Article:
tives: tives:
+ scalability +o scalability - the CBT designers decided not to sacrifice CBT's
O(G) scaling characteric to optimize delay using SPTs, as does
PIM. This was an important design decision, and one, we think,
was taken with foresight; once multicasting becomes ubiquitous,
router state maintenance will be a predominant scaling factor.
It is possible in some circumstances to improve/optimize the
delay of shared trees by other means. For example, a broadcast-
type lecture with a single sender (or limited set of infre-
quently changing senders) could have its core placed in the
locality of the sender, allowing the CBT to emulate a shortest-
path tree (SPT) whilst still maintaining its O(G) scaling char-
acteristic. More generally, because CBT does not incur source-
specific state, it is particularly suited to many sender appli-
cations.
+ routing protocol independence +o routing protocol independence - a facet of some source tree
algorithms is that they are tied inextricably, one way or
another, to a particular routing protocol. For example, DVMRP
relies for its correct operation on some of the features of RIP
(e.g. poison reverse). Similarly, M-OSPF can only be implemented
in routers supporting OSPF, the corresponding unicast protocol.
+ robustness If multicast routing is to become ubiquitous in the Internet,
multicast routing protocol operation should remain independent
of particular unicast protocols to facilitate inter-domain mul-
ticast routing in a heterogeneous unicast routing environment.
+ interoperability +o robustness - source-based tree algorithms are clearly robust; a
sender simply sends its data, and intervening routers "conspire"
to get the data where it needs to, creating state along the way.
This is the so-called "data driven" approach -- there is no set-
up protocol involved.
As we have mentioned, a shared multicast tree improves scalability by It is not as easy to achieve the same degree of robustness in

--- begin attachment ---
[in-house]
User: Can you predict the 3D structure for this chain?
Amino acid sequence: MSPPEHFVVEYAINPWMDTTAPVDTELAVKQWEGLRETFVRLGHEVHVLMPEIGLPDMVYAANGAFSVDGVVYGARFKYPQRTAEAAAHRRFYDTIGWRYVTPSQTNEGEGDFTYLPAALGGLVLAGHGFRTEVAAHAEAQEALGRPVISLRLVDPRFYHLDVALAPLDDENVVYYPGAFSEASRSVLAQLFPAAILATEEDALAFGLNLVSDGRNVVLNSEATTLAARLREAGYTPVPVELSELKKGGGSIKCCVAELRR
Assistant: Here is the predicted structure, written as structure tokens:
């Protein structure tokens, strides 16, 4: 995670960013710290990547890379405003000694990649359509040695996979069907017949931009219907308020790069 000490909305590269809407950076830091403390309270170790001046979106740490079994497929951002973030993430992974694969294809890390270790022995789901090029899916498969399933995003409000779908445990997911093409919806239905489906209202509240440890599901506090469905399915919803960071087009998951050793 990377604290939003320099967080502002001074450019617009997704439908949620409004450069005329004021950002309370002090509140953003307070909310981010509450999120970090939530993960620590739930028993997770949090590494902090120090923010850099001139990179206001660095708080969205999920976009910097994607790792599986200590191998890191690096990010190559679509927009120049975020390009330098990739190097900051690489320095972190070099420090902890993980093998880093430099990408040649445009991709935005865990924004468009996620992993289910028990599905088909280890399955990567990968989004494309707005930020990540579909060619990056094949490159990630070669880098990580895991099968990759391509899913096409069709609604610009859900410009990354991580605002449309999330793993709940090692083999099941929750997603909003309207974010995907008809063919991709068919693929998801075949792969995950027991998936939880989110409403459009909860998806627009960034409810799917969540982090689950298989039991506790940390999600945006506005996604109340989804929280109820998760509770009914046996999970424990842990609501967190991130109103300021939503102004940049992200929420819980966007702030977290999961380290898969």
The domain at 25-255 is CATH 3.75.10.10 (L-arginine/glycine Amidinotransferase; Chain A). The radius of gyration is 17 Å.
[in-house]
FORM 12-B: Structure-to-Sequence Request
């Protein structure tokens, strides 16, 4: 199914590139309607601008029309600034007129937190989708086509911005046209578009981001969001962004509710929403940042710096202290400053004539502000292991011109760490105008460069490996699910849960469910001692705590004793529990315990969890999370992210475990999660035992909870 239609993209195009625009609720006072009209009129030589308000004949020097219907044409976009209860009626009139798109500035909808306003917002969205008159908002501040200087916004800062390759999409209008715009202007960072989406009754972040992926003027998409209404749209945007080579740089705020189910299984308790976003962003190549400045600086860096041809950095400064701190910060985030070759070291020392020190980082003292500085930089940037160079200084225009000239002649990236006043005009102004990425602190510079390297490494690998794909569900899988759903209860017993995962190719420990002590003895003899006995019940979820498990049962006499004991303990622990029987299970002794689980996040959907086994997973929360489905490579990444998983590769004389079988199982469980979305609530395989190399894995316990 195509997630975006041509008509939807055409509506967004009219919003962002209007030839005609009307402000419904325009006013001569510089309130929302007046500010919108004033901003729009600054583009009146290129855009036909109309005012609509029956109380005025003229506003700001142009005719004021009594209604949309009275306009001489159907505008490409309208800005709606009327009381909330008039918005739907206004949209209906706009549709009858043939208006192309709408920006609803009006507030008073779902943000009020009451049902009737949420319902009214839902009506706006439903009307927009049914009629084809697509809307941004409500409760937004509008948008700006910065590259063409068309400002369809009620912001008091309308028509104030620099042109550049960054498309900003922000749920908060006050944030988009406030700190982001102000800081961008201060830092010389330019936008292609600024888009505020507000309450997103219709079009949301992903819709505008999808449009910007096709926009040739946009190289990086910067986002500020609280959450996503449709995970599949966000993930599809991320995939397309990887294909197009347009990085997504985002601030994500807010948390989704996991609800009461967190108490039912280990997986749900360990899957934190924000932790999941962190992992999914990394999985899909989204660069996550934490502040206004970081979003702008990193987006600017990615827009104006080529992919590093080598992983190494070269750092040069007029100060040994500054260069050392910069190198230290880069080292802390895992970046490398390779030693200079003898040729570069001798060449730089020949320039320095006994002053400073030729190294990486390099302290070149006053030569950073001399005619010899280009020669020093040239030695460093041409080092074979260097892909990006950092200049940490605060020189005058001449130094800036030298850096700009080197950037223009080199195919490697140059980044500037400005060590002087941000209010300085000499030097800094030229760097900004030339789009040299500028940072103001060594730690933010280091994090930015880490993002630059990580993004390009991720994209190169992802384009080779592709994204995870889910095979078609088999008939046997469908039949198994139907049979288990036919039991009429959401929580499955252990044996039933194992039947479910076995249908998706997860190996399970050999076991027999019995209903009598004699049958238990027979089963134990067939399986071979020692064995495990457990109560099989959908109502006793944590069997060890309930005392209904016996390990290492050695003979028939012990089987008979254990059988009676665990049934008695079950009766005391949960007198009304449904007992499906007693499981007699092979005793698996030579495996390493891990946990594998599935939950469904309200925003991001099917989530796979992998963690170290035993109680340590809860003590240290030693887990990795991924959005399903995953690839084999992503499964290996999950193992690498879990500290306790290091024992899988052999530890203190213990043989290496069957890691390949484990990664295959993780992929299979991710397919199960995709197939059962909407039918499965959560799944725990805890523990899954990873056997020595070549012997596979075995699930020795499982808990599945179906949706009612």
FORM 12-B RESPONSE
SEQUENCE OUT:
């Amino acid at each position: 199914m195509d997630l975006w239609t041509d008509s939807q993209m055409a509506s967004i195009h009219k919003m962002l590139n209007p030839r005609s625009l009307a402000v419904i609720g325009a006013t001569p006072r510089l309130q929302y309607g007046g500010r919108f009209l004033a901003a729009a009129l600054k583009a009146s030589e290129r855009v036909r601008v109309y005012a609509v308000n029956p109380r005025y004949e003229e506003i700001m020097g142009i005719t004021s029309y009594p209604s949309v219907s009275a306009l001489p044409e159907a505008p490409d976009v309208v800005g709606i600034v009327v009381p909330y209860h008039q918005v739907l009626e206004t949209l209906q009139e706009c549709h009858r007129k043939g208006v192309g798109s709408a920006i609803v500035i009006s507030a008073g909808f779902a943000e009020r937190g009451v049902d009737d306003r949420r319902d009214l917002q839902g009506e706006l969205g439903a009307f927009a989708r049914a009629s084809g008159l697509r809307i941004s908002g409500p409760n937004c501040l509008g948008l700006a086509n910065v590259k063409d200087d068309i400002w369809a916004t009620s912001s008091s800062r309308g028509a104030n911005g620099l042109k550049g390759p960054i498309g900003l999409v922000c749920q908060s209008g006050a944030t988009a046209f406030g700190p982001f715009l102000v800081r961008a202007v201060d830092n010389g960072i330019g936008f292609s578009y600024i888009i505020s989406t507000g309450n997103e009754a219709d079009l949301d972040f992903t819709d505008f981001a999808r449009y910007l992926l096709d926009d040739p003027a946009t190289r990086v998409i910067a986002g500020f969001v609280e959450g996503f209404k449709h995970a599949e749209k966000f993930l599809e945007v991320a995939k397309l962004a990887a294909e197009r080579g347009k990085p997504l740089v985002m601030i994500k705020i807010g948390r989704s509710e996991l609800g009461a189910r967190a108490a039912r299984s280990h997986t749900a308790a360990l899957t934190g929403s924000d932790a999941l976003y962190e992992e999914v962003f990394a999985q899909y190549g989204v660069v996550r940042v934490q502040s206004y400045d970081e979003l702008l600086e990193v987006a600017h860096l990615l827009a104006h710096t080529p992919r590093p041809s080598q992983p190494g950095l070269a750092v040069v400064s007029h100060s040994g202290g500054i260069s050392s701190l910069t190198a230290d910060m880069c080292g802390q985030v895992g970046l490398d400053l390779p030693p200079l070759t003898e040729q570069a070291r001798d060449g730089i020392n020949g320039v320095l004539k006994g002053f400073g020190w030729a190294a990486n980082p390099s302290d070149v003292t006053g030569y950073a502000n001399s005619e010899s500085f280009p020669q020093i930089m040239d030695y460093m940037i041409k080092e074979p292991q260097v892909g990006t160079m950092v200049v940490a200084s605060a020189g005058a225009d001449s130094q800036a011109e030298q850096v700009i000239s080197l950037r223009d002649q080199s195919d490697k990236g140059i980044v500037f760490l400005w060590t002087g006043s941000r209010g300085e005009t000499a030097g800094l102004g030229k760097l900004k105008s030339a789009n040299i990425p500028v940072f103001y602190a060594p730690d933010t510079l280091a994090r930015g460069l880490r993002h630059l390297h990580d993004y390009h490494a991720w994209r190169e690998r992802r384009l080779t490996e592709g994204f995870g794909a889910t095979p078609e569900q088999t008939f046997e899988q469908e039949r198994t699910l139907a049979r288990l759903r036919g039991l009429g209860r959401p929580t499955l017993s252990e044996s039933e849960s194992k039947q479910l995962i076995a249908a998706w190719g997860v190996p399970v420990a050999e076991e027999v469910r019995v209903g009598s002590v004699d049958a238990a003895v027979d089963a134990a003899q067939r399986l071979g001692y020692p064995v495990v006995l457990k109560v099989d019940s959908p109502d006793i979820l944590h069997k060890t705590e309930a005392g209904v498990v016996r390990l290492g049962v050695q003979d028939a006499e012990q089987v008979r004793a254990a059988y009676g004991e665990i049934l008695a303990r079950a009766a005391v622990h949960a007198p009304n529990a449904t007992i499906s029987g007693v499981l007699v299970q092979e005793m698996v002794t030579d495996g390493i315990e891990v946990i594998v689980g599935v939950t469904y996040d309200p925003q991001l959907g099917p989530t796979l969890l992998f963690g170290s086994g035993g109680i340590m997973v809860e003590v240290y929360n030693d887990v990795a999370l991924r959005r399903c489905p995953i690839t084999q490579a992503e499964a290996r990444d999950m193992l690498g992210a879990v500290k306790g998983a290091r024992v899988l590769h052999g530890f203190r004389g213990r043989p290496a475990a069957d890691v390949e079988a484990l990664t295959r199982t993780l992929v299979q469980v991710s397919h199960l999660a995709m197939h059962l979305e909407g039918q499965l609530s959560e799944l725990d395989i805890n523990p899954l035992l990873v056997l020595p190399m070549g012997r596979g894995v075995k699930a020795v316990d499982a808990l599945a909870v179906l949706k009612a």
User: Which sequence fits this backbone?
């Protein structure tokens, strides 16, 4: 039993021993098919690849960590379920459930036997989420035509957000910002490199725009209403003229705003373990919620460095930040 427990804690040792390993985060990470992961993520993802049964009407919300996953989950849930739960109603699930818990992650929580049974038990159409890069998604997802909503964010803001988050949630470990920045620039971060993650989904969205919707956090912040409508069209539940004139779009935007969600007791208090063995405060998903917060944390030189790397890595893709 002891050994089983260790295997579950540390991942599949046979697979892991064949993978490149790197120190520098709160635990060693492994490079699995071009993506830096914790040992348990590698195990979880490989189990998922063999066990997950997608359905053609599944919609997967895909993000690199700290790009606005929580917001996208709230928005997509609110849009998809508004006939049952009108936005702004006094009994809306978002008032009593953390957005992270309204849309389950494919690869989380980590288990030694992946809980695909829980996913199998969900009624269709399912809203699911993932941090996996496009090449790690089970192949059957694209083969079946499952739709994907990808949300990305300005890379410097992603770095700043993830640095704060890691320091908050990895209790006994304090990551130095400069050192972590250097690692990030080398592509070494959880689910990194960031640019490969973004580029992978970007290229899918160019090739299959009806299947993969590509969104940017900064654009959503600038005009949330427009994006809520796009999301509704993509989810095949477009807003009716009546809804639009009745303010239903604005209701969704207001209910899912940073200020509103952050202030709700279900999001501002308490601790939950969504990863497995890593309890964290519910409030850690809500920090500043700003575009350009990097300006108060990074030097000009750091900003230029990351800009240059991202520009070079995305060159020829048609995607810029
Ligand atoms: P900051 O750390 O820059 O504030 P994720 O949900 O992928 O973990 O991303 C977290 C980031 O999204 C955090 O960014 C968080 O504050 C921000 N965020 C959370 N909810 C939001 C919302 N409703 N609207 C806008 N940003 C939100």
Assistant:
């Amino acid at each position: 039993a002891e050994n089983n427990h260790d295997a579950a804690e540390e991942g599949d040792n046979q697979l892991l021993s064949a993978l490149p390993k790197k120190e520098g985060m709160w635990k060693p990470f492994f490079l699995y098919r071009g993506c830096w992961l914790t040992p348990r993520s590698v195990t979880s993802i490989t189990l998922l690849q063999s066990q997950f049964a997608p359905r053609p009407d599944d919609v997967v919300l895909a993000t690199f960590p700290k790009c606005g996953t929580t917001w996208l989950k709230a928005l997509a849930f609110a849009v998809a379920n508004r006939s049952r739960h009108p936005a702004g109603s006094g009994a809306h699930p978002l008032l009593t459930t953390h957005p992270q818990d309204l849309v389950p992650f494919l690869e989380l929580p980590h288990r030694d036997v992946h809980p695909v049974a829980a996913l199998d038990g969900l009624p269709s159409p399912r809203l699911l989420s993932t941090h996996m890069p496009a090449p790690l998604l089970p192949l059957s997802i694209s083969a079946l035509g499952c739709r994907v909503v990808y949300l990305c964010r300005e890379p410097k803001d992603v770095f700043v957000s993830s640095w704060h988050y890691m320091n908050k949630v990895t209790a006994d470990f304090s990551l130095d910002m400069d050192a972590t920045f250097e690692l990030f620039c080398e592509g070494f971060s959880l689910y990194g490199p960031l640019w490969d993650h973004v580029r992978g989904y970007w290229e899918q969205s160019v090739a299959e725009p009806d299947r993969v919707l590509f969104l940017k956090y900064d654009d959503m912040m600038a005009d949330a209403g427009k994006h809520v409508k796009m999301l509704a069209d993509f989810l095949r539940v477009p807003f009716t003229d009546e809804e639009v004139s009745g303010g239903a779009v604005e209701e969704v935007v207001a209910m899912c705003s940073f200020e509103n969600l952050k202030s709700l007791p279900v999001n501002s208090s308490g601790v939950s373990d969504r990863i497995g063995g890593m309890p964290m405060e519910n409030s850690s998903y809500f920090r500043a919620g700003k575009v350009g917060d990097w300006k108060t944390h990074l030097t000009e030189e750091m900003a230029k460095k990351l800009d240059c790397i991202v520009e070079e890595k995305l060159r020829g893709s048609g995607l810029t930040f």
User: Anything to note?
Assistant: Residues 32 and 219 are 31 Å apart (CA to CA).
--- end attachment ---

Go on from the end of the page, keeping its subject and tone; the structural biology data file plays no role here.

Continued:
an order of magnitude. shared tree algorithms; a shared tree's core router maintains
connectivity between all group members, and is thus a single
point of failure. Protocol mechanisms must be present that
ensure a core failure is detected quickly, and the tree recon-
nected quickly using a replacement core router.
A facet of existing source tree algorithms is that they are all tied +o simplicity - the CBT protocol is relatively simple compared to
inextricably, one way or another, to a particular routing protocol. most other multicast routing protocols. This simplicity can lead
For example, DVMRP is based heavily on RIP, and relies for its to enhanced performance compared to other protocols.
correct operation on some of the features of RIP (e.g. poison
reverse). Similarly, with M-OSPF.
With the multicast infrastructure fast converging on the unicast +o interoperability - from a multicast perspective, the Internet is
infrastructure, which is heterogeneous in nature, the extent to which a collection of heterogeneous multicast regions. The protocol
a particular multicast algorithm can be deployed is severely limited interconnecting these multicast regions is currently DVMRP [6];
if deployment is dependent on the presence of a particular unicast any regions not running DVMRP connect to the DVMRP "backbone" as
algorithm. Therefore, it makes good sense to separate out these stub regions. Thus, the current Internet multicast infrastruc-
dependencies from the multicast algorithm; this is exactly what CBT ture resembles a tree structure. CBT has well-defined interoper-
does, as does PIM [7]. The CBT protocol makes use of the underlying ability mechanisms with DVMRP [15].
unicast routing table when building its delivery tree, independent of
how the unicast table(s) is computed.
Source-based tree algorithms are clearly robust; a sender simply Over the longer term, the imposing of a tree structure on the
sends its data, and intervening routers "conspire" to get the data multicast infrastructure is unacceptable for various reasons
where it needs to, creating state along the way. This is the so- (e.g. administrative burden). Ideally, we want to be able to
called "data driven" approach -- there is no set-up protocol randomly interconnect multicast regions and use a shared tree
involved. protocol, such as CBT, to dynamically build inter-domain shared
trees spanning only those domains with interested receivers (or
those leading to interested receivers). It is still not clear
how we can achieve this efficiently and effectively in the pres-
ence of heterogeneous multicast regions/domains, each with their
differing multicast forwarding rules. Besides this, there is the